Written by Jacob Terranova
Donating your body after you die—whether as an anatomical gift, for research, or as a lifesaving transplant—is a noble gesture.
There also are some misconceptions when it comes down to it, though. Let’s break down exactly what it means to donate your body.
Science or sharing?
When it comes to making a donation, there are different ways to do so. There is full-body donation and also individual organ donation, and it’s important to understand the difference between the two.
Full-body donation is typically used for scientific research or to train medical students. Organ donation is used to transplant different organs to those who need them most, like those who are dying from disease or those who have been in an accident.
Because most scientific studies will require the full human body, choosing organ donation can make a person ineligible for a full body donation.
There are no federal guidelines when it comes to body or organ donation, and each state outlines requirements for consent and donation under the Uniform Anatomical Gift Act legislation. But for either option, it’s best to plan ahead—those interested in donation should let family and their doctor know about their intentions and get the proper paperwork filled out.
Who can donate?
For organ donation, potentially anyone can be considered after making their wishes known. A medical exam is given after death to determine which organs are viable to be used for a transplant. There are some restrictions that can rule you out, such as:
- Testing as HIV/AIDS positive.
- Having an actively spreading cancer.
- A severe infection.
- Damage to the organs, either from trauma or a history of drug or alcohol abuse.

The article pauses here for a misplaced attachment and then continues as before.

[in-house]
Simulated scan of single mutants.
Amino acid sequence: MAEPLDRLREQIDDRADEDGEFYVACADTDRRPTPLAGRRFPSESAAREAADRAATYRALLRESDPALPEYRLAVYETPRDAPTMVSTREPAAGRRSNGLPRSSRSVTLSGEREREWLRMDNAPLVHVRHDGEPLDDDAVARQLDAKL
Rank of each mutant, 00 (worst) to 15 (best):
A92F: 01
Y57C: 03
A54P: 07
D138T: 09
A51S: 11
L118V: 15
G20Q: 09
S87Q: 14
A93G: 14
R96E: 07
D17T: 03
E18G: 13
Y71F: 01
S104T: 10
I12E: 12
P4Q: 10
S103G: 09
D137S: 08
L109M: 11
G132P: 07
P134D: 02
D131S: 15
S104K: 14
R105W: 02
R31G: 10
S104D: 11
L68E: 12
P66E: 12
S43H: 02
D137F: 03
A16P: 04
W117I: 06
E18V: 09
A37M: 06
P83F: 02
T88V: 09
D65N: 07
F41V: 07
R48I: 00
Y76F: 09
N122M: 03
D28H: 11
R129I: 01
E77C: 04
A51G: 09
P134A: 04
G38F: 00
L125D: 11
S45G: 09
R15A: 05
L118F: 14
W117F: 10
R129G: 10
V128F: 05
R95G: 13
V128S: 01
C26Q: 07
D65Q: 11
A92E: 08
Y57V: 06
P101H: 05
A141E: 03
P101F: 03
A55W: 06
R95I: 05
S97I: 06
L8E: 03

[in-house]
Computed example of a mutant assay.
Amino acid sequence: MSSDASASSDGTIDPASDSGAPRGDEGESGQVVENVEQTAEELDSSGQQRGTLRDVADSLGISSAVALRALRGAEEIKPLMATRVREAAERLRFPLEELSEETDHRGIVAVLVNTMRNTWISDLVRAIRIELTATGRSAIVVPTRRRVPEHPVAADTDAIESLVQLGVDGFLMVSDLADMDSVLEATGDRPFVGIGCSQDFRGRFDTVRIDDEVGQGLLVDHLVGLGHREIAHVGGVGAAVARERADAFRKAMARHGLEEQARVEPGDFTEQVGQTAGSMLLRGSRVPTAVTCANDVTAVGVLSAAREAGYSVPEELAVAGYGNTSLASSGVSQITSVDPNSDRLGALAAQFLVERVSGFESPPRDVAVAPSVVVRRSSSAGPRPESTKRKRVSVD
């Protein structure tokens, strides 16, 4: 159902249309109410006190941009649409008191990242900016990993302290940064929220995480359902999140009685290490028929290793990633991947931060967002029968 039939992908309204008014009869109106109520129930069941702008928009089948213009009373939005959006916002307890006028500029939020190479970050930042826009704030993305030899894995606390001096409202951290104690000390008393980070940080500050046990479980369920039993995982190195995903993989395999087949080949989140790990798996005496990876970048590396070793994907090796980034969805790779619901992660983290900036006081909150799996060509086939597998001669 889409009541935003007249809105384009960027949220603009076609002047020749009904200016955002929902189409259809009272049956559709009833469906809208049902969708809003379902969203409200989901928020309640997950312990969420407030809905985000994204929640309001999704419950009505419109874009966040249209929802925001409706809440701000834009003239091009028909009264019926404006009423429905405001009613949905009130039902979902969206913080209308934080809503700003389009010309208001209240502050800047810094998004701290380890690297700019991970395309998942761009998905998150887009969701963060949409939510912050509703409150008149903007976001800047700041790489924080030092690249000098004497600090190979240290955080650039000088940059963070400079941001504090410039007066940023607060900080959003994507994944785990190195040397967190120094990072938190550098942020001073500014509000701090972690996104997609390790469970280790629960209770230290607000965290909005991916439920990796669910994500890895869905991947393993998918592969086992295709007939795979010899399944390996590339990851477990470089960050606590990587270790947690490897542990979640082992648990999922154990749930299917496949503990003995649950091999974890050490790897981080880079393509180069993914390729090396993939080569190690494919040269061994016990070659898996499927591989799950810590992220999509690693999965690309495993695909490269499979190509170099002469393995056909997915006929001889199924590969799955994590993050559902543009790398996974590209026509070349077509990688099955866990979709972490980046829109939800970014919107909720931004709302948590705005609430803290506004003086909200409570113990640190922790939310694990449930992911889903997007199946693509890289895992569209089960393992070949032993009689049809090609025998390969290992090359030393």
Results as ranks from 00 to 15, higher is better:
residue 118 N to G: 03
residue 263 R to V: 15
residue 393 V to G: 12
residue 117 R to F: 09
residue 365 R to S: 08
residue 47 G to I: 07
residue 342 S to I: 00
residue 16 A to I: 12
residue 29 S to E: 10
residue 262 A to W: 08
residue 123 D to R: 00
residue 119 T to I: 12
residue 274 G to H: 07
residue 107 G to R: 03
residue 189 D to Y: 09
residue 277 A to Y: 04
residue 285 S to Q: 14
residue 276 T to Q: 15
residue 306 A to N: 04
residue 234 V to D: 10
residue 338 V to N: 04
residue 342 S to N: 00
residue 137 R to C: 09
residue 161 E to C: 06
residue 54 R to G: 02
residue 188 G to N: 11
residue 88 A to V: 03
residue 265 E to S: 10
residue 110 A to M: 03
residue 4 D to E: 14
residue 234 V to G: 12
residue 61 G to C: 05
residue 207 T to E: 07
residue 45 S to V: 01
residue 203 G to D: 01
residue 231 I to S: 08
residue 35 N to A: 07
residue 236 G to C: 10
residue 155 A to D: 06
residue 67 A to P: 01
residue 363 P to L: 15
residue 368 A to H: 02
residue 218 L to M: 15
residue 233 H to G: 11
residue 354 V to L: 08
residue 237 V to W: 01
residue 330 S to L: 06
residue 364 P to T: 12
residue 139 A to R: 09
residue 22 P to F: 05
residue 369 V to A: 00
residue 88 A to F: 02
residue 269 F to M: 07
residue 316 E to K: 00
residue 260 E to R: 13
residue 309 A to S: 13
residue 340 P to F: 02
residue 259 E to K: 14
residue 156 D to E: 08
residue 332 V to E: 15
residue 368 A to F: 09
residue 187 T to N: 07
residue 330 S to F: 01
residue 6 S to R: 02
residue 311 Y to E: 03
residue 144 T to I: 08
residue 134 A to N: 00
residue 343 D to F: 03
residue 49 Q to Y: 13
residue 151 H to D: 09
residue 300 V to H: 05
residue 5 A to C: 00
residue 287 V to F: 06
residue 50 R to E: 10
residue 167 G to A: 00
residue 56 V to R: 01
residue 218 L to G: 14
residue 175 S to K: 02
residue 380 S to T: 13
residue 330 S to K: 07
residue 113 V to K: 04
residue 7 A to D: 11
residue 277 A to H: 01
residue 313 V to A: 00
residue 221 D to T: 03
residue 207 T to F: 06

There also are some restrictions when making a full body donation, but because the types of research involved with full body donations can vary, the requirements vary as well.
As for religion, almost all major religions support forms of organ donation. Even Jehovah’s Witnesses, who are believed to be against organ donation due to their belief against blood transfusion, sometimes allow organ transplantation as long as all blood is removed from the organ beforehand.
If you are considering being an organ donor but are unsure of your religion’s views, consult the elders of your church, synagogue, mosque, temple, or other place of worship to be sure.
Depending on your choice of donation, a lot can actually happen. For organ donation, your gift will help one of the 120,000 Americans in need of a donation.
For the people who opted for a full body donation, there are many ways a research facility might use a donated body. They include:
- Medical and surgical training for students and aspiring doctors.
- The National Highway Traffic Safety Administration works with researchers and universities to study car crashes and promote studies in improving safety features.
- A ‘body farm’, or forensic anthropology studies for the stages of human decomposition. The studies aid criminal investigation and law enforcement departments across the country.
- Putting the body or skeleton on display for educational purposes, such as museums or other exhibits.
For families interested in donating all or part of their body, they commonly believe that they can’t have a funeral service—but that’s not true. Most organ donors can receive a service just as they would have wanted—whether it’s an open casket, natural burial, or home funeral. Every effort to minimize or hide scarring is taken during the procedure.
In whole body donation, a normal burial or viewing of the body won’t be possible, but it doesn’t mean a memorial service isn’t an option. Upon completion of medical studies, many organizations will return the cremated ashes for families. Some medical schools will even hold their own memorials to honor the donation made.
Obviously donating might not be for everyone. Those that do plan to donate should have a backup plan, as donations aren’t 100% guaranteed. But donating your body remains a special way to give a final gift back to society.
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